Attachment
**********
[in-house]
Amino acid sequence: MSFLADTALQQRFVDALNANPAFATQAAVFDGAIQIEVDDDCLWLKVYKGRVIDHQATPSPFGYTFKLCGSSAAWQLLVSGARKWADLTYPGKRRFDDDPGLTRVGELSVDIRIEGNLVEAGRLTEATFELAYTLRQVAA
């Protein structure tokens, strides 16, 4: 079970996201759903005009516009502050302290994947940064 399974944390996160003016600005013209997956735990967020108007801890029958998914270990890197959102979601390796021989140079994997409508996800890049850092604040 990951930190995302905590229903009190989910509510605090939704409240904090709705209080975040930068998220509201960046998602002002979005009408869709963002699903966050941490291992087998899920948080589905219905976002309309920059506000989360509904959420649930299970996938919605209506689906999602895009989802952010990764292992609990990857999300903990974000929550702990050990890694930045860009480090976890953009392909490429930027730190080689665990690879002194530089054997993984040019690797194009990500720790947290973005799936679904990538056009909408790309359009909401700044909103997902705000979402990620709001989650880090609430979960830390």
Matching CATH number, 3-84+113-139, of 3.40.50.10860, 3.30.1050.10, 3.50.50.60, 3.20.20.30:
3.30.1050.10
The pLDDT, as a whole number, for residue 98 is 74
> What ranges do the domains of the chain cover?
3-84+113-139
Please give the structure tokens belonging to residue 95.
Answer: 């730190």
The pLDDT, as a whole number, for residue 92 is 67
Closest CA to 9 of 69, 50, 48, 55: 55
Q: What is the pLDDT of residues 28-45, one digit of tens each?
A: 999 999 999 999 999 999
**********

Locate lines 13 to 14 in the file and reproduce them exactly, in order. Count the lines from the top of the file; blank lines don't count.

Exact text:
Q: What is the pLDDT of residues 28-45, one digit of tens each?
A: 999 999 999 999 999 999